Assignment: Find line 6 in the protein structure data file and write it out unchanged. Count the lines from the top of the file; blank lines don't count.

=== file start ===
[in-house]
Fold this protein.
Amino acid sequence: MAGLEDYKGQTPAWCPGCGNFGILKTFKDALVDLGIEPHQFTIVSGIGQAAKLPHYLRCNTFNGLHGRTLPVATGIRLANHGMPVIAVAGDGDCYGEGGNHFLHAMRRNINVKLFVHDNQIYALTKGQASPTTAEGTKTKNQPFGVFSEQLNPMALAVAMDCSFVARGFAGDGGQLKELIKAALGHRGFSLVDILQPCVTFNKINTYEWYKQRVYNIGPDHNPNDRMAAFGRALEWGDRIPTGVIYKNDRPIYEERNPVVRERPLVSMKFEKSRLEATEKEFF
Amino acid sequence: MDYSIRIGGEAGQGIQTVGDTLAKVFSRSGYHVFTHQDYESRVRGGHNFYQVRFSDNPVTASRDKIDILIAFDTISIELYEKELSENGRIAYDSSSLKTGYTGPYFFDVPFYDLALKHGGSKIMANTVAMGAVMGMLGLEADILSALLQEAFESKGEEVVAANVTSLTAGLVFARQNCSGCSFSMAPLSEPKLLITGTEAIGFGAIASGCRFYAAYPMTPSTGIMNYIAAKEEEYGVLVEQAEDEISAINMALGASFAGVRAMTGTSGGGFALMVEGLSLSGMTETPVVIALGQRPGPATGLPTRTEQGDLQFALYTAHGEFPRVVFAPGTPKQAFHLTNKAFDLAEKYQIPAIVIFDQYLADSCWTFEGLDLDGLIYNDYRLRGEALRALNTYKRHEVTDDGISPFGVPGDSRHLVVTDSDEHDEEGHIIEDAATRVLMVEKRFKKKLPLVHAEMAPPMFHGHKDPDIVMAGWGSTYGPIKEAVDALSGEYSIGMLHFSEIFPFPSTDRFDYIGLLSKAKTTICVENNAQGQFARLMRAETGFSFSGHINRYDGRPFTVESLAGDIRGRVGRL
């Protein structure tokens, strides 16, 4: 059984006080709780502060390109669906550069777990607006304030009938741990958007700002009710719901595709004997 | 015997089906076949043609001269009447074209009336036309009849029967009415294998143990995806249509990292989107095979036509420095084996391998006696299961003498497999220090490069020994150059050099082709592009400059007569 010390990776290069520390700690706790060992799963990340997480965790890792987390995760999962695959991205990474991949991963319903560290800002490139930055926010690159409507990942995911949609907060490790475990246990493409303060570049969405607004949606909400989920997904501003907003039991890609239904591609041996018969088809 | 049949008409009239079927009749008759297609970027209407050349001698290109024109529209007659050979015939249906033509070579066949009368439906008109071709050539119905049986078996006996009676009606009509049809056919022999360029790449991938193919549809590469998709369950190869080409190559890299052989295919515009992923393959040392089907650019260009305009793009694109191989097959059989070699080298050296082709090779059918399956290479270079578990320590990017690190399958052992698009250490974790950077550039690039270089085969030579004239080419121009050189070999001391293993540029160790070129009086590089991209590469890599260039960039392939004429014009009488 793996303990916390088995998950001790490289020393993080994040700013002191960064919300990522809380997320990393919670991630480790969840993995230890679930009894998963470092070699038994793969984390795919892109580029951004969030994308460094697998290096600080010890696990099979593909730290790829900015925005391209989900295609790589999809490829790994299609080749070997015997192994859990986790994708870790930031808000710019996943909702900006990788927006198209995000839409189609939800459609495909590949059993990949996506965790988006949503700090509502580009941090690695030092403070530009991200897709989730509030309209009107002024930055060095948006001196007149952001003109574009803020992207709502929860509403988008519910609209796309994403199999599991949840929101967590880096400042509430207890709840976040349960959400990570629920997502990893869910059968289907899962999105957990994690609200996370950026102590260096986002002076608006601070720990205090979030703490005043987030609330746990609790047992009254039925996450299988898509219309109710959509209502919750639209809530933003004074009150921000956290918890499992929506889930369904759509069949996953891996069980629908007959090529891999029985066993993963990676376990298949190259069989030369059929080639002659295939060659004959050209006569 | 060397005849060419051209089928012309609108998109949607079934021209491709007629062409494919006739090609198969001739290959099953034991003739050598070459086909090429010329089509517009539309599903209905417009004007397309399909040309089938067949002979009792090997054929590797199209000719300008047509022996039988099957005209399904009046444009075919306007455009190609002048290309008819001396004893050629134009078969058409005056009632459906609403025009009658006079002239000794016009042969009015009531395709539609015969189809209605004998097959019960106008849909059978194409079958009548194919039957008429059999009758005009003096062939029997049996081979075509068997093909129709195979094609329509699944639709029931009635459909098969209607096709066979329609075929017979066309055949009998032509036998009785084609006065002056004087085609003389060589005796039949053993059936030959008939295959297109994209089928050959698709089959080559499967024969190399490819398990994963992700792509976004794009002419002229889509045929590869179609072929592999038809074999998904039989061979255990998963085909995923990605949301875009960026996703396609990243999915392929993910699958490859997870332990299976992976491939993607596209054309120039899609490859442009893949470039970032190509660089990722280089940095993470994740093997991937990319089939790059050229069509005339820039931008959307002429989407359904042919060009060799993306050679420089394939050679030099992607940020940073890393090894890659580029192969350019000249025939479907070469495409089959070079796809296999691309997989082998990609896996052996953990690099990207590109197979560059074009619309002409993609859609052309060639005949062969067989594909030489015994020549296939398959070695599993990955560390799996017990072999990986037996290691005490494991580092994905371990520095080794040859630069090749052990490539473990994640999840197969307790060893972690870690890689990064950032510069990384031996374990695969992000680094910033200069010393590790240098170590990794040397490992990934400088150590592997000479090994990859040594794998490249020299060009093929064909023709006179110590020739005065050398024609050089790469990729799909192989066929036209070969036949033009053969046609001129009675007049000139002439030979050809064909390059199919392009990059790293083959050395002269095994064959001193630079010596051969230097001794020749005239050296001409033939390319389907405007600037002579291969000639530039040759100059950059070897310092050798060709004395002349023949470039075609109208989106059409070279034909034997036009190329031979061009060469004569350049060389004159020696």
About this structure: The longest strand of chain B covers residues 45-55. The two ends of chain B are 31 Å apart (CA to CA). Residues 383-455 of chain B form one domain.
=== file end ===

About this structure: The longest strand of chain B covers residues 45-55. The two ends of chain B are 31 Å apart (CA to CA). Residues 383-455 of chain B form one domain.